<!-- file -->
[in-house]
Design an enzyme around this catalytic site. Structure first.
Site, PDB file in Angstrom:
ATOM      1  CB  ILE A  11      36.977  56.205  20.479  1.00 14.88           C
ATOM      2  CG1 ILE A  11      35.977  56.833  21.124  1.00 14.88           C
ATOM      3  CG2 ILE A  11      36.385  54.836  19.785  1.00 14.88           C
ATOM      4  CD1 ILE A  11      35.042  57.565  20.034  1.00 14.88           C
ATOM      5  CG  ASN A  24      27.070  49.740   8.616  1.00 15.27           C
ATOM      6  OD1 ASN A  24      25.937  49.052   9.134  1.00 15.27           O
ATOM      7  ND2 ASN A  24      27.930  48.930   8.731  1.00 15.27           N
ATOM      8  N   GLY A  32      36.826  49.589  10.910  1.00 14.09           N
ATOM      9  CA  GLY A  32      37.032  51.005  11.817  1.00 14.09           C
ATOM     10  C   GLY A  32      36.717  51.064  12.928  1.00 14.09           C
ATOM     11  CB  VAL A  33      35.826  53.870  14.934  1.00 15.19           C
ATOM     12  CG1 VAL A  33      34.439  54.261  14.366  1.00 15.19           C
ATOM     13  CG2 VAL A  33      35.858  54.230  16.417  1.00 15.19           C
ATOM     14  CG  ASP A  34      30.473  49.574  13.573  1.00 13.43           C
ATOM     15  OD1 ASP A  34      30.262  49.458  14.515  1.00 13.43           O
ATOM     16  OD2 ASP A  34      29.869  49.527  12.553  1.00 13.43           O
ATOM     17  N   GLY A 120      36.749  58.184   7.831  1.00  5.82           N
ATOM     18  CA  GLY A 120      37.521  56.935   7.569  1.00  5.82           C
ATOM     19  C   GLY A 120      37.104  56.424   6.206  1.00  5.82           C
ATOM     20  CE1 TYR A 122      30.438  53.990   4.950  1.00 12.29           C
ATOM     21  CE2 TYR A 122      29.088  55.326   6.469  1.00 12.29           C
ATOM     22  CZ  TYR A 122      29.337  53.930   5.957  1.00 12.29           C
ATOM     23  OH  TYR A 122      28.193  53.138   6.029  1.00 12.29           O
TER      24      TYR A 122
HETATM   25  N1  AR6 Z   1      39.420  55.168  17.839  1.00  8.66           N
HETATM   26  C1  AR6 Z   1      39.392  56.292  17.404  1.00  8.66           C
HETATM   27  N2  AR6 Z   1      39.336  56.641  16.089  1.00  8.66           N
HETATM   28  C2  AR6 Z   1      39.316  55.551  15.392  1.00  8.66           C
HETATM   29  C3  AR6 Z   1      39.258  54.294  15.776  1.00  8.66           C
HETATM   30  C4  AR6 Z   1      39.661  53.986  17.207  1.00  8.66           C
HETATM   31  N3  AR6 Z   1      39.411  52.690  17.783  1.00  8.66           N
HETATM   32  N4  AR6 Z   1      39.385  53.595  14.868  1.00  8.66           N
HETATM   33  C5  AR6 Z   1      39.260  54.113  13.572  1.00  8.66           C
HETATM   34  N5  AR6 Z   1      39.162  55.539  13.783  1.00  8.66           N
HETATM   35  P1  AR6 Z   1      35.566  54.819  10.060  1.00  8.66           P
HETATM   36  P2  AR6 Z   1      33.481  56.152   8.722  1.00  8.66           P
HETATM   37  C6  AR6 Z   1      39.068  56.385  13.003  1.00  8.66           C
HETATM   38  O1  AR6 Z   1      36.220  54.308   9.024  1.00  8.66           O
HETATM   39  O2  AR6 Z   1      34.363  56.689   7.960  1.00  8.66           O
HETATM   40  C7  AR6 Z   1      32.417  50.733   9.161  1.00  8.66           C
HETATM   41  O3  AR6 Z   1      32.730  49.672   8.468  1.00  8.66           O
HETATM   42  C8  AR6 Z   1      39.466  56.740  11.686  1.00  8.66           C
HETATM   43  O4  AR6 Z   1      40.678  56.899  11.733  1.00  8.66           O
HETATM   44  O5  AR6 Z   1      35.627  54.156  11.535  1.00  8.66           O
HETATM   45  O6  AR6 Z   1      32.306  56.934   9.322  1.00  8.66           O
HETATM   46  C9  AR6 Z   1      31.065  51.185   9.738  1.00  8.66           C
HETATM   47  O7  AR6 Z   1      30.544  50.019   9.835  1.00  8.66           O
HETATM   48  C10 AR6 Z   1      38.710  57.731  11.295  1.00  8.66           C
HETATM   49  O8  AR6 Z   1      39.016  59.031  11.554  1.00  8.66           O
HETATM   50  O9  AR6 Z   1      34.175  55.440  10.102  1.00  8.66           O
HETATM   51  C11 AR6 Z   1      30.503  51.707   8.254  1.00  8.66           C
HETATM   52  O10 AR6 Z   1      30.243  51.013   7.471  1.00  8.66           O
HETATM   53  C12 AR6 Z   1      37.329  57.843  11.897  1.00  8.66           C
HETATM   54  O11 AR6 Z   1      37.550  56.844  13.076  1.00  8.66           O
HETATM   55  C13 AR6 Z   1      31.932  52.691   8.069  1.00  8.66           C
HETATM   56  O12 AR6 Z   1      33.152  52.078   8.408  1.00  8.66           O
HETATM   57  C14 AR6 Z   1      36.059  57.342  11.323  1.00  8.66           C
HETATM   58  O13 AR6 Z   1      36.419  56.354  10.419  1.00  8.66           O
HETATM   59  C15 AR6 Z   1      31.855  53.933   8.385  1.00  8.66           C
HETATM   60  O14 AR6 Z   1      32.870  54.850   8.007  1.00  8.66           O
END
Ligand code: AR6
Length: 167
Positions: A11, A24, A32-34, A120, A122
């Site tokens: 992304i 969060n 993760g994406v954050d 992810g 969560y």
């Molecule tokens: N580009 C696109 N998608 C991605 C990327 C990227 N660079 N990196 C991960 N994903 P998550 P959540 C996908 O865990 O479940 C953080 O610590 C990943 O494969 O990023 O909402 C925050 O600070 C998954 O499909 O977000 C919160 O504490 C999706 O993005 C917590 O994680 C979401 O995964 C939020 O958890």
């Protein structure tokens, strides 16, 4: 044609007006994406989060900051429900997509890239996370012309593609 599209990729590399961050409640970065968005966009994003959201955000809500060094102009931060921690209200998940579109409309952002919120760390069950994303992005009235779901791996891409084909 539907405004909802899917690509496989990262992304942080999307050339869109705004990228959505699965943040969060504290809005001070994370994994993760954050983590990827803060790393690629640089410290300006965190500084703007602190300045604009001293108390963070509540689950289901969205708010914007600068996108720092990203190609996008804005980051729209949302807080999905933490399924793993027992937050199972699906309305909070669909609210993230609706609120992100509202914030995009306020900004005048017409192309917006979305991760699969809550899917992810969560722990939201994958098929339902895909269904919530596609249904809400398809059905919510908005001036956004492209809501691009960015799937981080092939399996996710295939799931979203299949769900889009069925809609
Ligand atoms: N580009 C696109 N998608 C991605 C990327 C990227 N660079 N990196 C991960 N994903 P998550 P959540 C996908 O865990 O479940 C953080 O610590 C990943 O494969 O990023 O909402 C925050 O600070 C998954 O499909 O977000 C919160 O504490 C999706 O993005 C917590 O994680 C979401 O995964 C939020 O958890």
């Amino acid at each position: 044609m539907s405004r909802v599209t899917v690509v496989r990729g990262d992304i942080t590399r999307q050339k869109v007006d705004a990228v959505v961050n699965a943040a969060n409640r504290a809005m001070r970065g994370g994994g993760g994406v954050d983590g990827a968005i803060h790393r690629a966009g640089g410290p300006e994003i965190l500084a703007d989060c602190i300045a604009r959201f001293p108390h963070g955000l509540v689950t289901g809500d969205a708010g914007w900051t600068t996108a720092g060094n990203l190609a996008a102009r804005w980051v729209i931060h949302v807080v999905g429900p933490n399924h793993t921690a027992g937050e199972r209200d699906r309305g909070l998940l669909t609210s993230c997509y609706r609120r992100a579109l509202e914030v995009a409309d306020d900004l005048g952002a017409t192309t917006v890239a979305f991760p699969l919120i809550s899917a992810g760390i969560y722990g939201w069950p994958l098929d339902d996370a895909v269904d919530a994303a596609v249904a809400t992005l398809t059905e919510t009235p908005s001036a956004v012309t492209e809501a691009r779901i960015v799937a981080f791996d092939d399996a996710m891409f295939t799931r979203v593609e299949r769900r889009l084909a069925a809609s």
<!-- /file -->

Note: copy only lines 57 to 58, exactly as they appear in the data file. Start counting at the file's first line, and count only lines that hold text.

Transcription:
HETATM   54  O11 AR6 Z   1      37.550  56.844  13.076  1.00  8.66           O
HETATM   55  C13 AR6 Z   1      31.932  52.691   8.069  1.00  8.66           C